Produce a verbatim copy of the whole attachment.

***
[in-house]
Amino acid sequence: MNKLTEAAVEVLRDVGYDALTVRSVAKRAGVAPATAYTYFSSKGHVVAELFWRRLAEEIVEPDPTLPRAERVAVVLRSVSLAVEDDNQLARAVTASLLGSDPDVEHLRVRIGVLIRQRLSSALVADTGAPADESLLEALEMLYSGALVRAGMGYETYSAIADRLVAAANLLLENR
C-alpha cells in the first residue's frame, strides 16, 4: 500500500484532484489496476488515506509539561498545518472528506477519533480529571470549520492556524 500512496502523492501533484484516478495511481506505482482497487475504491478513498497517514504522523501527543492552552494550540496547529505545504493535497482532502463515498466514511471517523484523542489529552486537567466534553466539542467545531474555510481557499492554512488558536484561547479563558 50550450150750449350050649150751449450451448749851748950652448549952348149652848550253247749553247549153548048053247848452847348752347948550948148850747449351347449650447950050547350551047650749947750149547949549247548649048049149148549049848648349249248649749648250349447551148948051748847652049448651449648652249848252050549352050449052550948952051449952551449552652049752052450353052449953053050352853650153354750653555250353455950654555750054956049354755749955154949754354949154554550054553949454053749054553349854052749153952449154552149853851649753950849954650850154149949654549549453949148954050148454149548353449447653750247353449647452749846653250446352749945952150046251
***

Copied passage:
[in-house]
Amino acid sequence: MNKLTEAAVEVLRDVGYDALTVRSVAKRAGVAPATAYTYFSSKGHVVAELFWRRLAEEIVEPDPTLPRAERVAVVLRSVSLAVEDDNQLARAVTASLLGSDPDVEHLRVRIGVLIRQRLSSALVADTGAPADESLLEALEMLYSGALVRAGMGYETYSAIADRLVAAANLLLENR
C-alpha cells in the first residue's frame, strides 16, 4: 500500500484532484489496476488515506509539561498545518472528506477519533480529571470549520492556524 500512496502523492501533484484516478495511481506505482482497487475504491478513498497517514504522523501527543492552552494550540496547529505545504493535497482532502463515498466514511471517523484523542489529552486537567466534553466539542467545531474555510481557499492554512488558536484561547479563558 50550450150750449350050649150751449450451448749851748950652448549952348149652848550253247749553247549153548048053247848452847348752347948550948148850747449351347449650447950050547350551047650749947750149547949549247548649048049149148549049848648349249248649749648250349447551148948051748847652049448651449648652249848252050549352050449052550948952051449952551449552652049752052450353052449953053050352853650153354750653555250353455950654555750054956049354755749955154949754354949154554550054553949454053749054553349854052749153952449154552149853851649753950849954650850154149949654549549453949148954050148454149548353449447653750247353449647452749846653250446352749945952150046251